The 1840s are well known in western European history as a decade of turbulence and revolution, caused in part by recurring shortages of food. This was certainly the case in the Netherlands, where the decade represents a low point in Dutch history. A dearth of grain put even bread and porridge out of reach of both the masses in the cities and many in the countryside. Meat and lard virtually disappeared from the diet, and countless people ate potatoes, carrots, and turnips, or perhaps only potatoes, morning, noon, and evening.

Indeed, from the end of the eighteenth century onward, potatoes increasingly became a staple food for the nation and a substitute for unaffordable bread. In 1847 and 1848 this near-exclusive dependence on potatoes had disastrous consequences, as the potato blight during these years triggered crop failures and famine. Food shortages were joined by epidemics—as was often the case in the preindustrial period—to produce high death rates, primarily in the strongly urbanized province of North Holland. Fortunately, many of the urban poor were helped by local administrations or by charitable institutions. Soup kitchens and eatinghouses provided portions of cheap or free food, and the thin soup (invented by Count Benjamin Rumford and composed of bone-jelly, beans, potatoes, and sometimes turnips or carrots) that became famous all over Europe was also popular in the Netherlands.

Slight improvements in the food supply were made intermittently during the decades that followed, but in the 1880s, a deep agricultural crisis, caused by a sudden profusion of overseas grain, again brought widespread shortages and misery, this time mainly in the countryside, as local grain prices tumbled. After 1890, however, substantial economic growth took place in the Netherlands, and industrialization, improved transportation, and an ensuing rise in income brought an expansion of the distribution and affordability of foodstuffs.

In the twentieth century, two World Wars and the economic crisis of the 1930s again caused shortages, but after the 1950s, food scarcity and hunger became things of the past, and a new age of plenty was under way. Paralleling these developments was the modernization of Dutch foodways that took place between 1880 and 1960.This modernization involved the diffusion of food and drink innovations, new dishes, and new sequences of meals that passed, in general, from the upper to the lower classes, from town to country, and from the western market-oriented regions to the eastern and southern provinces, hitherto geared to subsistence agriculture. At the start of this period, contrasts were sharp, but by the end, similarities were the norm, brought about by increasing education, democratization, and uniformity (Van Otterloo 1990: 127-84; Jobse-van Putten 1995: 499-506).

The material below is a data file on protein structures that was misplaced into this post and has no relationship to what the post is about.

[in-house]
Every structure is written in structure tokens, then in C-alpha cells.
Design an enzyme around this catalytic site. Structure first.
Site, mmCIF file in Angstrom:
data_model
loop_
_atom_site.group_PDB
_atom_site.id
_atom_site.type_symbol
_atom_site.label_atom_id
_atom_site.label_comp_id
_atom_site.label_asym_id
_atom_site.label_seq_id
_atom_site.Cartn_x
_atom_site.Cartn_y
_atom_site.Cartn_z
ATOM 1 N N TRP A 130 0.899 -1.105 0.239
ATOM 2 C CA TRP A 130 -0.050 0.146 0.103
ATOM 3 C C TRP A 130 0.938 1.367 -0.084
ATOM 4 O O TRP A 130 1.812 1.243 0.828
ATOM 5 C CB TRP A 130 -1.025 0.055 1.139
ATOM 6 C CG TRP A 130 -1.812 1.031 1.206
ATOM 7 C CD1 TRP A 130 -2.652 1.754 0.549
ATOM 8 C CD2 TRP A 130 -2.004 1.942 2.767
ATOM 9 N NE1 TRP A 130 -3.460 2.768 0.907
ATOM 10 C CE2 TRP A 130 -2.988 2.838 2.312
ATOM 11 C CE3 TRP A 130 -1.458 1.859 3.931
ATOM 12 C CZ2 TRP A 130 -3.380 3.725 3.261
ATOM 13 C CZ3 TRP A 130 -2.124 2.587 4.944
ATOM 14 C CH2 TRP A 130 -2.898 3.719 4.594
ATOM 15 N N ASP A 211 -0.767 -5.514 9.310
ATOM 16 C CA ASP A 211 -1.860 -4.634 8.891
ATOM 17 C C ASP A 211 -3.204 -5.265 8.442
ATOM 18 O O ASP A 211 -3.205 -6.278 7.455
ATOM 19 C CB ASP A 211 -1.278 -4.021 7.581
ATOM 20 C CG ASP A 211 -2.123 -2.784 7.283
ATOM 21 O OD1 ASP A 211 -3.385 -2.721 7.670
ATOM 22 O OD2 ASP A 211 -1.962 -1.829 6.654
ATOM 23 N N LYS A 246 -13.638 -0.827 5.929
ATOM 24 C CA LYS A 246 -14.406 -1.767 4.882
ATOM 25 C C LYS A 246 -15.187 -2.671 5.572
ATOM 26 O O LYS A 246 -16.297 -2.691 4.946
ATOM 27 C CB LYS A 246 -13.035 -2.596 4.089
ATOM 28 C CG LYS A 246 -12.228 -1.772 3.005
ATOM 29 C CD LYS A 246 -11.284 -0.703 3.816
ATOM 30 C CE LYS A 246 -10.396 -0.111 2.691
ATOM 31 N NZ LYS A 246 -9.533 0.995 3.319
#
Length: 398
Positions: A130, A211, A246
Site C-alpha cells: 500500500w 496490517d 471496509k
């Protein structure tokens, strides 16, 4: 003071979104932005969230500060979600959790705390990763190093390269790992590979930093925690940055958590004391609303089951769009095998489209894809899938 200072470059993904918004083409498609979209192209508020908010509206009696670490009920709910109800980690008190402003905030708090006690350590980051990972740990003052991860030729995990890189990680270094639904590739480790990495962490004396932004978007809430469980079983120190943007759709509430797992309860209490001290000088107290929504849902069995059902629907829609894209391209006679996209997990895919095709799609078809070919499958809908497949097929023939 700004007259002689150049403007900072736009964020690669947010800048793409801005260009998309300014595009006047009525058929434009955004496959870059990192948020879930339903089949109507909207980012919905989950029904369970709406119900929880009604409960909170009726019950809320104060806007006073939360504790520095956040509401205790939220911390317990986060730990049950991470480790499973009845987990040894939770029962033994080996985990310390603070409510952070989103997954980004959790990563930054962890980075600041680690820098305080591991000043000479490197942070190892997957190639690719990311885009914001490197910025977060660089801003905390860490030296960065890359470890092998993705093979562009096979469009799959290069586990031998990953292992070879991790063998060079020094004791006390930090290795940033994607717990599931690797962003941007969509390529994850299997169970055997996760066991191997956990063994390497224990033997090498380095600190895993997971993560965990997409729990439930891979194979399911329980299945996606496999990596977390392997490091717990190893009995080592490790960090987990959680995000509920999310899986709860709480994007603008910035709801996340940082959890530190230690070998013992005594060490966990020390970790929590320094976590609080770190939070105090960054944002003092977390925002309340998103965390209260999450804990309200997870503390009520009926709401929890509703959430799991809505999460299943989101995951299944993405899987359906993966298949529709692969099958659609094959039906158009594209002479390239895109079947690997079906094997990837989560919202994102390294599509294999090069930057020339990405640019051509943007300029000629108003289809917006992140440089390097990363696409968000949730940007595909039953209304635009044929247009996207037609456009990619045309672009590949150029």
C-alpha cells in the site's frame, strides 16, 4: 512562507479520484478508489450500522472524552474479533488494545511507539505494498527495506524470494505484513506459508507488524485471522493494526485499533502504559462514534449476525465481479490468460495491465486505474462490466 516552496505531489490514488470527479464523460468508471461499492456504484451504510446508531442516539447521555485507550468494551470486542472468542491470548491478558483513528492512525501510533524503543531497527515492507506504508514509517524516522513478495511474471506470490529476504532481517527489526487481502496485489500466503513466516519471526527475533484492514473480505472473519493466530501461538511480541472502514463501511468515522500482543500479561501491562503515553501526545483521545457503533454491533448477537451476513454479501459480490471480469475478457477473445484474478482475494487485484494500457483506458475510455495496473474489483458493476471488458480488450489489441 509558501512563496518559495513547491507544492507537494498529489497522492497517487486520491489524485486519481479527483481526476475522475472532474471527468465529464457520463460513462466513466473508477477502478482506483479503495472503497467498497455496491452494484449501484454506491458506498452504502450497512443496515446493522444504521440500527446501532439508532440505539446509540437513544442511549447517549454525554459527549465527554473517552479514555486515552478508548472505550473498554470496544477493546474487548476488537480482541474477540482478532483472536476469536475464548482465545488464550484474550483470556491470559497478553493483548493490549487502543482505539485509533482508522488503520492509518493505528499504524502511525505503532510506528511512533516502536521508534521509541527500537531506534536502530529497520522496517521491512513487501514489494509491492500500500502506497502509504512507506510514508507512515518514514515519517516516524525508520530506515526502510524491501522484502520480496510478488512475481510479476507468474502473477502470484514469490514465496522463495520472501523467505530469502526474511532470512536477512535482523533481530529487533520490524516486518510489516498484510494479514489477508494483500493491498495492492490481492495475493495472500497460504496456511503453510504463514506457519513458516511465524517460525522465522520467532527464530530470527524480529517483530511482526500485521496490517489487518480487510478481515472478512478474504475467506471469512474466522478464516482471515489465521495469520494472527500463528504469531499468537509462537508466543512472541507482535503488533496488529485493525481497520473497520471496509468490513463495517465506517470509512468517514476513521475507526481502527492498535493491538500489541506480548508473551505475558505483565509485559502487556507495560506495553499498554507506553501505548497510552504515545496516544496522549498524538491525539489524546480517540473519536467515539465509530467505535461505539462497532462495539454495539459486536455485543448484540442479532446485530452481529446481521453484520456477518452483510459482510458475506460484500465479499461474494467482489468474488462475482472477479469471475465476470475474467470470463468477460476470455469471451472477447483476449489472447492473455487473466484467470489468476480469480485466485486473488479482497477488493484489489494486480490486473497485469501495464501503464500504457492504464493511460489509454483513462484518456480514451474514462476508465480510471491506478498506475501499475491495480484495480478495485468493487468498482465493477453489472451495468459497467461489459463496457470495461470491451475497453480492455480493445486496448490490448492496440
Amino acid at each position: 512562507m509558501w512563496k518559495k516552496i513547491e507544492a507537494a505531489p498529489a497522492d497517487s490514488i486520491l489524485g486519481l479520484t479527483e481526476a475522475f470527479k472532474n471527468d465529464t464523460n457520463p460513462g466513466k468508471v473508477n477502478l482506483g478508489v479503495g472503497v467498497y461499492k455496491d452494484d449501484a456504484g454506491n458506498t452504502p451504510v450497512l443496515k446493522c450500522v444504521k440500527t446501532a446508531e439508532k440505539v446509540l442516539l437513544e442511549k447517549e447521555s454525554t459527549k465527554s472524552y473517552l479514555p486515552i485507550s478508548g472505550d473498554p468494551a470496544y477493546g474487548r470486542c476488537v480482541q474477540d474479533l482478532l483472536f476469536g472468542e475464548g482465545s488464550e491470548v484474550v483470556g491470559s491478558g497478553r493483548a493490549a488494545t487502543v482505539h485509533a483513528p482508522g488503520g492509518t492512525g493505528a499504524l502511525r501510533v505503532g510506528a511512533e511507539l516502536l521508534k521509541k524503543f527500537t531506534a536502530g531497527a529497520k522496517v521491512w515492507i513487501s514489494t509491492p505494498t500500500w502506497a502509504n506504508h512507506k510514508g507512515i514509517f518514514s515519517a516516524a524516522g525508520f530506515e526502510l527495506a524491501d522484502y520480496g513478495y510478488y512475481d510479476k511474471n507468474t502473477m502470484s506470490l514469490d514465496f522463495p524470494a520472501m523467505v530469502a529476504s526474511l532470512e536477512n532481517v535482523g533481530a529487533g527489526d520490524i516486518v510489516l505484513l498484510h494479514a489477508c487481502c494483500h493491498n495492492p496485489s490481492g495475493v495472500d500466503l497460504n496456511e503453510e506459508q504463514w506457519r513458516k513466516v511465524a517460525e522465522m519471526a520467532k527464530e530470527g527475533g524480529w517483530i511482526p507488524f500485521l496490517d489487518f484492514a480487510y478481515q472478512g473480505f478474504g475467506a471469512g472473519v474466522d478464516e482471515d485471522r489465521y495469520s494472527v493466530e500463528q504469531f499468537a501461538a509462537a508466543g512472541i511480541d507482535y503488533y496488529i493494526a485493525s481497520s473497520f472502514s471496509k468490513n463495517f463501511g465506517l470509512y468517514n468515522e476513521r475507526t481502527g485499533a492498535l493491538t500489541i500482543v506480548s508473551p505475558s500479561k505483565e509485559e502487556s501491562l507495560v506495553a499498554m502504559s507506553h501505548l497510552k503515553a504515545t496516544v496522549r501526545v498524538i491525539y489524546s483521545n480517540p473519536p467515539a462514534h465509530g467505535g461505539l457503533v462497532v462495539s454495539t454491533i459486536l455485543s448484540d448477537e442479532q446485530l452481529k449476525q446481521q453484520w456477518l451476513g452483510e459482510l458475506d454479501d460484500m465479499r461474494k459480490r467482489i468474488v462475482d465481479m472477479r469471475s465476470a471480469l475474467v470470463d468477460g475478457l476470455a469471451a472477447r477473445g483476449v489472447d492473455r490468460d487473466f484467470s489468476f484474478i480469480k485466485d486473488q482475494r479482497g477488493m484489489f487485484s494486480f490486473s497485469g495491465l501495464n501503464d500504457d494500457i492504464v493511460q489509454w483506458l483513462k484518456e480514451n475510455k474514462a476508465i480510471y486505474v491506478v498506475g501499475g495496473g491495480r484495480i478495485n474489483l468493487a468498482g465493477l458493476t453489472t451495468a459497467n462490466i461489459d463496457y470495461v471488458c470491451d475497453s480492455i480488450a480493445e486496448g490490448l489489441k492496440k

These were long-term processes that involved, among other things, what might be called the replacement of foods of necessity with foods of luxury, as qualitatively better and more expensive foods gradually became more accessible to more people. In other words, potatoes, pulses, root vegetables, and grains such as buckwheat and rye were little by little replaced by wheat, meat, butter, cheese, other dairy produce, and sugar. The change began with the replacement of rye (cheaper but nutritious) with wheat, most preferred but more expensive. The next phase, after World War II, saw a decline in the consumption of wheat (bread) but steep increases in the per capita intake of meat, cheese, and sugar. The position of potatoes as a staple food, strong during the entire nineteenth century, began to deteriorate after 1900, and after 1920, potato consumption declined at an accelerated pace (Van Otterloo 1990: 45-8).

Industrialization also had revolutionizing effects on food and meals in the production of foodstuffs and in the organization of work and the family. The shifting of food production to the factory was made possible by rapidly increasing scientific knowledge in relation to the mechanization and “chemicalization” of food. Industrially processed ingredients, like corn f lour, fécule (custard powder), “Oxo” (bouilion cubes), margarine, canned vegetables, meat, and fish, had become available at the end of the nineteenth century and were readily so during the interwar years. The food industry promoted its products through advertisements and educational campaigns, sometimes enlisting cookery teachers, even doctors, to inspire public trust in the new time- and energy-saving processed foods.